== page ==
For the past two years, I have managed social media for a nonprofit organization in my home state of North Carolina. More specifically, I work for the North Carolina Pro Bono Resource Center, which aims to connect attorneys to various pro bono volunteer opportunities throughout NC. This job has been incredibly rewarding and has exposed me to and made me more knowledgeable about the immense justice gap in North Carolina. I interviewed my supervisor Sylvia Novinsky, the Director of the North Carolina Pro Bono Resource Center (PBRC). In this interview, she discusses her own work with the PBRC, the importance of volunteering, and some of the best advice she has received.
Q: What is your title and role at the North Carolina Pro Bono Resource Center?
A: My title is Director of the North Carolina Pro Bono Resource Center. I am also the staff member of the North Carolina Equal Access to Justice Commission.
Q: What does your job entail?
A: I am fortunate in that I do a lot of different things, which keeps me busy and happy. I also get to work with amazing staff members. In general, my role is to direct the resource center and figure out what our goals are for the year. I also find ways both outside throughout the community and inside the resource center to find lawyers to do pro bono work. Also, over the last few years, we have been fortunate enough to get a few grants to do work that responds to urgent unmet legal needs. That has been really satisfying because we are building those projects from the ground up.
Q: What do you love most about your job?
A: I love working with people. I love talking with people about their interest in pro bono. That really excites me, but I really love meeting one-on-one with a person and finding out why they are interested in doing a project and what project really excites them. I think that building those relationships is hugely satisfying.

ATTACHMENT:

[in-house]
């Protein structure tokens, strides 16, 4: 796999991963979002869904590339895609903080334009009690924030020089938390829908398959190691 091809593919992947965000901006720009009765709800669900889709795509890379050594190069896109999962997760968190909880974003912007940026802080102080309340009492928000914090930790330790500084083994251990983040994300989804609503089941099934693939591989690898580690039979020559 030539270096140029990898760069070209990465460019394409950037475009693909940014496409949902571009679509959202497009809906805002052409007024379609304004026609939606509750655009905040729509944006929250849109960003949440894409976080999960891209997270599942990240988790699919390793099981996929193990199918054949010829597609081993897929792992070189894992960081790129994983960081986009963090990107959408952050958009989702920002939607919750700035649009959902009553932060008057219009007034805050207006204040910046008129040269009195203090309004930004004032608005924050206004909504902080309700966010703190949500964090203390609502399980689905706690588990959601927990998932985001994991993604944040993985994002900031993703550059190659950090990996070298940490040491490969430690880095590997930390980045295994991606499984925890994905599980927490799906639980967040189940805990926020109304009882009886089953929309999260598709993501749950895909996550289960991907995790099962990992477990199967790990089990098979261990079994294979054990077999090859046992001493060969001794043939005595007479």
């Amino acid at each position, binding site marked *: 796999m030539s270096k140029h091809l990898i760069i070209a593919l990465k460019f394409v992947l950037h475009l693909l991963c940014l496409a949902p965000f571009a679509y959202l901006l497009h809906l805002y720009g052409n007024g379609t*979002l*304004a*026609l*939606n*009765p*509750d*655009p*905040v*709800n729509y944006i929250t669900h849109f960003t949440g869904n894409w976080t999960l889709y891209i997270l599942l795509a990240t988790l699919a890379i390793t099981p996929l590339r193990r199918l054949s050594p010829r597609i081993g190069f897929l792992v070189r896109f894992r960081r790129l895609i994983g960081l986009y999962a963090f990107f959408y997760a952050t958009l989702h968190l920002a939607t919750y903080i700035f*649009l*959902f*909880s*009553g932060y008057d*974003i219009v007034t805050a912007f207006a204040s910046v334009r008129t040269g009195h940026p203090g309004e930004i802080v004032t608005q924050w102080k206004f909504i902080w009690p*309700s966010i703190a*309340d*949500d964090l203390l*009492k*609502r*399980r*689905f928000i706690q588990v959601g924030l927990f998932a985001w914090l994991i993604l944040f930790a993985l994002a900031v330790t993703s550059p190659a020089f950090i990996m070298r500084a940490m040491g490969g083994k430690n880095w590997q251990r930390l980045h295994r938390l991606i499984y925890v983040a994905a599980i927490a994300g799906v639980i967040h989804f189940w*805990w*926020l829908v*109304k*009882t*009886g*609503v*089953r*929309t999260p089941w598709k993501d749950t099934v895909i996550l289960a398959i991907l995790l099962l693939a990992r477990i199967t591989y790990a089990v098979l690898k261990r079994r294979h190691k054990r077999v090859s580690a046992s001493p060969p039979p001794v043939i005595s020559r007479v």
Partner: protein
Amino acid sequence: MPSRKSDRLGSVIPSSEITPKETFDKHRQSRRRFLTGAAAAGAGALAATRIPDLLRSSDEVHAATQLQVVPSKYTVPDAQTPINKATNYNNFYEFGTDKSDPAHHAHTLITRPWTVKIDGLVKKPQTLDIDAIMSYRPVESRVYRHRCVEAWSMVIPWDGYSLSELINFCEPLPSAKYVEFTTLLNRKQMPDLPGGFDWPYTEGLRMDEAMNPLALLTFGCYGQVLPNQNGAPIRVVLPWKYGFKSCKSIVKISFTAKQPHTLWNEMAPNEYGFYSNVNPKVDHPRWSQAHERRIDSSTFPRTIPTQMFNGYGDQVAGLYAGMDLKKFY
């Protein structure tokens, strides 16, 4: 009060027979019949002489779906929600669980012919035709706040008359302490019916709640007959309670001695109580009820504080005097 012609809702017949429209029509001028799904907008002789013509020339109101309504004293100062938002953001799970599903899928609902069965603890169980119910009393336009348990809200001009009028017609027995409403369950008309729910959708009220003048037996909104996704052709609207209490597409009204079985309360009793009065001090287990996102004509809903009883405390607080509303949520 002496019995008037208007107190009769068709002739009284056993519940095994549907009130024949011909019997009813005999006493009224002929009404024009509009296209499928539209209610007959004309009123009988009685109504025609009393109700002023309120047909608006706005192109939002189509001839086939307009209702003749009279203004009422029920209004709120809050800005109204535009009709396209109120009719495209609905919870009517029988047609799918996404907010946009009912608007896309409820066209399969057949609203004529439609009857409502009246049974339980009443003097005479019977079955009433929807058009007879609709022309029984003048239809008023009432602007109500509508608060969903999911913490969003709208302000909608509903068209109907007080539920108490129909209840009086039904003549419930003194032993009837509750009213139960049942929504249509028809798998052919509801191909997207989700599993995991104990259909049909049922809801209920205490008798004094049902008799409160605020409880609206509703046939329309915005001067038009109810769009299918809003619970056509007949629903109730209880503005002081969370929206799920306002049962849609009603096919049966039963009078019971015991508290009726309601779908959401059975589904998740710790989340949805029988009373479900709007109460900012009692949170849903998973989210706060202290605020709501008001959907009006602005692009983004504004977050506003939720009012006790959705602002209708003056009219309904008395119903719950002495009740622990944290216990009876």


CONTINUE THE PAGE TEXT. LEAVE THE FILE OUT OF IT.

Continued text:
Q: What has been your proudest moment working for the North Carolina Pro Bono Resource Center?
A: I have a few proud moments. My parents are both immigrants. They came to the United States from Argentina with no real money or language skills, and I do this for them. I do this because I watched them not have access to legal services, and I knew that when I went to law school that I wanted to advocate for those people that don’t have that access. I am proud to be a former legal services attorney. I am also proud that I figured out that I have this skill set where I can figure out how we are going to get to where we need to get to. I am proud to be figuring out how private attorneys can help address access to justice issues.
Q: Why do you think pro bono volunteering is important?
A: I think pro bono volunteering is critical. We have an access to justice gap, not only in this nation, but specifically in North Carolina. While we wish that we had a legal services attorney for each person seeking legal services, we don’t right now. But, we do have lawyers who have specific skills, time, and passion to help those people with their legal services issues. I think lawyers play a unique role in the access to justice system, and, in particular, private attorneys. I also don’t think it’s possible to hear what these unmet legal needs are and not be moved in some way and recognize that sometimes with just an hour of your time you can help someone.
Q: What’s the best advice you have ever received?
A: There are a few pieces of good advice that I have received. One is “show up.” I think just by showing up you are in the game. You are showing that you care. You are showing that you are present and ready. Half the battle sometimes for me is just getting people to show up and listen. I have never regretted showing up to something because I always feel like I have a lot to learn. The second piece of advice is to be gracious. Try to understand what other people are going through and give them the benefit of the doubt. By giving them some grace, that might stop you from making an assumption about them. Let’s be kind to each other.